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  • Conformity
    • Types of Conformity
      • Compliance - When an individual goes along with a group to avoid being rejected. This is just to fit in and only changes public beliefs. Weakest form
      • Identification - When you conform to the opinions or behaviour of a group because you identify with something about them. This changes public beliefs, but not private
      • Internalisation - When a person genuinely believes in and accepts and groups norm. This changes both public and private beliefs. This is the strongest form of conformity
    • Explanations for Conformity
      • Informational Social Influence - Accepting a majorities point of view due to superior knowledge or judgement causing a change in private beliefs, Leading to internalisation
        • Research Support: Lucas et al - mathematics test, individuals who rated themselves as having poor maths skills more likely to conform to wrong answer
      • Normative Social Influence - Following the crowd which occurs when an individual conforms because they want to be liked and avoid being rejected. Doesn't change private beliefs. Leads to compliance or identification
        • Research Support: Verkooijen at al - technos, hippies and skaters more likely to take drugs, than nerds, sporty and religious - more they identified with the group the more likely to conform to norms
      • Normative and Informational work together - Most people conform for both reasons - Difficult to distinguish which explanation is in play findings cannot be clearly interpreted - explanations not valid
    • Variables Affecting Conformity
      • Aim - Whether people would conform to majority even though it is obviously wrong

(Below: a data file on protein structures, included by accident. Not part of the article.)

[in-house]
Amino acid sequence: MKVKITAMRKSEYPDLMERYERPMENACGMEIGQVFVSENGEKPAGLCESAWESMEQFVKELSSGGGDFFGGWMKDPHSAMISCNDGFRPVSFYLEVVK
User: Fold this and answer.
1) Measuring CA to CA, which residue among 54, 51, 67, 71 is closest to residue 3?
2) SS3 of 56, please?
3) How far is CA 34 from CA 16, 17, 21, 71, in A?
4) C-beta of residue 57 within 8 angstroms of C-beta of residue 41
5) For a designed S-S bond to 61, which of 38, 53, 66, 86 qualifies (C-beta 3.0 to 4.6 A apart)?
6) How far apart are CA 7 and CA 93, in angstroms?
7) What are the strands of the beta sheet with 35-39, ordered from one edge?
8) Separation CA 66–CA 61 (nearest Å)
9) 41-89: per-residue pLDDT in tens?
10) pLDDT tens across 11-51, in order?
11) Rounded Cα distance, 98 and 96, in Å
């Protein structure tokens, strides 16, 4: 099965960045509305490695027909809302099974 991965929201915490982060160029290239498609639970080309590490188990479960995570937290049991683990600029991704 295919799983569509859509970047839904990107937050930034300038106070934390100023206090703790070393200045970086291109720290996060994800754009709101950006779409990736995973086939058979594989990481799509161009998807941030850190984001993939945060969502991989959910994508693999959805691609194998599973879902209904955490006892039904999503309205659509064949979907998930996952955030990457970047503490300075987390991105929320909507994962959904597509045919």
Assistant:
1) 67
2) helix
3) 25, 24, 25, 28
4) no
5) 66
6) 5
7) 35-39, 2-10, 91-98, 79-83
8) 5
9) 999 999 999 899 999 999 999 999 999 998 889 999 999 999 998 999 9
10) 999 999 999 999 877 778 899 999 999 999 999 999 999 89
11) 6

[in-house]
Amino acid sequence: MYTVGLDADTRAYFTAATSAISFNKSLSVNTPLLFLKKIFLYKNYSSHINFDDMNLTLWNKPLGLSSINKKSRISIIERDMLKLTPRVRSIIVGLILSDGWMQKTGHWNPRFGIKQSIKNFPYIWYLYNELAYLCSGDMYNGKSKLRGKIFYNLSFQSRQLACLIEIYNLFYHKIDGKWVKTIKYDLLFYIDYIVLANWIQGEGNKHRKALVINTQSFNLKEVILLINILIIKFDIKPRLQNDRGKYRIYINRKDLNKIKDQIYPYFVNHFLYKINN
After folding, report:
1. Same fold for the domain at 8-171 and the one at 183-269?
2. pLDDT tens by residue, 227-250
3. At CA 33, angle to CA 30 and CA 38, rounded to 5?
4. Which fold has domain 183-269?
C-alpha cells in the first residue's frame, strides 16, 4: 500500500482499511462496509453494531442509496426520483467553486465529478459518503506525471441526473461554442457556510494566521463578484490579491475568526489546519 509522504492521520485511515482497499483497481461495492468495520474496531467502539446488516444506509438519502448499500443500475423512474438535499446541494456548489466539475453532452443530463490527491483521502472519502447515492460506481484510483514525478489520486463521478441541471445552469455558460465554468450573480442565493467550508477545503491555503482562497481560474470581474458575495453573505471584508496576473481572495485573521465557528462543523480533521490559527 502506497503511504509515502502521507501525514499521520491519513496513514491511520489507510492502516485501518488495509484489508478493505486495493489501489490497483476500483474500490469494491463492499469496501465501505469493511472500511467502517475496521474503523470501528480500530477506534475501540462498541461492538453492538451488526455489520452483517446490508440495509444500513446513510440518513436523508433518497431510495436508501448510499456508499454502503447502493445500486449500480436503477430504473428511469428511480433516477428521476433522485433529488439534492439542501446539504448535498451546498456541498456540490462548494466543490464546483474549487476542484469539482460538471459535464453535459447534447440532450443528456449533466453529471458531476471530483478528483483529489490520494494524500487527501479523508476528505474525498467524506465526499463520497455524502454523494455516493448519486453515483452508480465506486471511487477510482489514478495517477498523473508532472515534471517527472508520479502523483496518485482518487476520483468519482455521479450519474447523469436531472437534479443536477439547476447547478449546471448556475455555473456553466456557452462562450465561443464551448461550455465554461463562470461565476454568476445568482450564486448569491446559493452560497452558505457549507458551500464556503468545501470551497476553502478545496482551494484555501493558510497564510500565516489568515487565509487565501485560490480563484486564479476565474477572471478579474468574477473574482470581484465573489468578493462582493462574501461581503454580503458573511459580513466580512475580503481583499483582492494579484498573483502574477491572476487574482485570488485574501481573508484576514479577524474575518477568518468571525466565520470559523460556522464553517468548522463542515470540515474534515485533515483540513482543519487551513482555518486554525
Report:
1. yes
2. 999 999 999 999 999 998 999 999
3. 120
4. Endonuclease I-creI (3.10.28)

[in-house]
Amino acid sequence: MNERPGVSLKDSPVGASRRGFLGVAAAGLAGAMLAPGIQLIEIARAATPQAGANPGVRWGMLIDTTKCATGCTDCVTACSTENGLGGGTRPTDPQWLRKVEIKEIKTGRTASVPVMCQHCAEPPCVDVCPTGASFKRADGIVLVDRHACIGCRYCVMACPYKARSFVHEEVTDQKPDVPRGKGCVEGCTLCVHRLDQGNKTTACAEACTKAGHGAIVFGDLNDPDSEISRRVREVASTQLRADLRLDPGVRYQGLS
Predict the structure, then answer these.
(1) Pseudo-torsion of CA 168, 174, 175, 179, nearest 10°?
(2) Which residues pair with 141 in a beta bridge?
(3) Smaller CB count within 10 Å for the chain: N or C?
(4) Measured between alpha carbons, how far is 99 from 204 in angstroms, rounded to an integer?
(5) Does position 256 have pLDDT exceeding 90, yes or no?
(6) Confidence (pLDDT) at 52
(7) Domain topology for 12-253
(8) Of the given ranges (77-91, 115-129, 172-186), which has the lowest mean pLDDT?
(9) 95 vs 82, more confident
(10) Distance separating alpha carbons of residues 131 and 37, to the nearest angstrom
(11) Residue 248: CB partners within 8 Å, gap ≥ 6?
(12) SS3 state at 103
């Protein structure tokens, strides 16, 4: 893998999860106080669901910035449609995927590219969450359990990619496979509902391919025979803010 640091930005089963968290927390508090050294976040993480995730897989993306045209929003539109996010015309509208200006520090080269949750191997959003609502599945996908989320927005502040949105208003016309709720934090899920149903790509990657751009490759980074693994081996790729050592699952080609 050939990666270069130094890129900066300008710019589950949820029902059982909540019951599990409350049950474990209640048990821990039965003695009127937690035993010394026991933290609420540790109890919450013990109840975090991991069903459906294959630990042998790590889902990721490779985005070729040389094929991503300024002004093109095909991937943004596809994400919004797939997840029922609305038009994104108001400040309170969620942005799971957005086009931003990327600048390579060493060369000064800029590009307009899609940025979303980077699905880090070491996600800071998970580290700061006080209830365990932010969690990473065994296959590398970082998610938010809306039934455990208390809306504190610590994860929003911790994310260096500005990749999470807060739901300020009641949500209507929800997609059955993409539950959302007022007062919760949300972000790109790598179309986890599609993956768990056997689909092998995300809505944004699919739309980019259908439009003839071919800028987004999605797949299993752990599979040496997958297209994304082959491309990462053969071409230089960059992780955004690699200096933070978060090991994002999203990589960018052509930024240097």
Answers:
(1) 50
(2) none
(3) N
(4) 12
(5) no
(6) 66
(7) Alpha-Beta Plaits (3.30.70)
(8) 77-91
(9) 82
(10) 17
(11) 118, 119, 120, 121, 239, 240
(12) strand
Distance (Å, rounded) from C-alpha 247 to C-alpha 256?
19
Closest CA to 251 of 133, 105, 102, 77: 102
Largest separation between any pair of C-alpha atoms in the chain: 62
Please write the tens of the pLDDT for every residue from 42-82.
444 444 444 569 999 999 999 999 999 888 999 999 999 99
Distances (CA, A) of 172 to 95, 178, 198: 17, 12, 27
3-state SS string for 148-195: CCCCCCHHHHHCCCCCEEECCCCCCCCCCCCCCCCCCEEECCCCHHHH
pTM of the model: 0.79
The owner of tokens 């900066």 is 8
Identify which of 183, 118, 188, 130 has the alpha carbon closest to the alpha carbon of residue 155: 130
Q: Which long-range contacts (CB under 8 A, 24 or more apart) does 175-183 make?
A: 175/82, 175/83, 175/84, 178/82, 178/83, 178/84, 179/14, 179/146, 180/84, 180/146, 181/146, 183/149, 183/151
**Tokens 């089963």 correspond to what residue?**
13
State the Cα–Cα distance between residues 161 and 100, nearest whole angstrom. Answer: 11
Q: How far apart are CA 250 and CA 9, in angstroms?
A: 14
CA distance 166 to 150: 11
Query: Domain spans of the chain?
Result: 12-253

• Procedure - 123 male university students, three lines - A B C and all but one were confederates who gave the right answer, but on some 'critical trials' were told to give the wrong answer - real ppt gave answer last
      • Findings - Real ppts gave wrong answer 37% of time and 75% of people conformed at least once - ppts said they conformed to avoid rejection
      • Conclusion - Found out most ppts conformed
      • Increased task difficulty - increased conformity, Increased privacy - decreased conformity, Increased unanimity - increased conformity, larger group size - increased conformity
    • Conformity to Social Roles
      • Aim - How college students would conform to roles in prison life
        • Lab experiment - can be easily replicated due to the controlled and artificial environment - this can controlled unwanted variables - extraneous variable - increases reliability and internal validity
        • Increased temporal validity - still relevant today - example - Abu Ghraib - links to prison life today - relevant in today's society
      • Procedure - 24 male university students, split into two groups of 12 decided by the flip of a coin either prisoner or guard in a fake prison
      • Findings - group of guards severely punished prisoners psychologically and physically - prisoners scarred, developed depression and had nervous breakdowns


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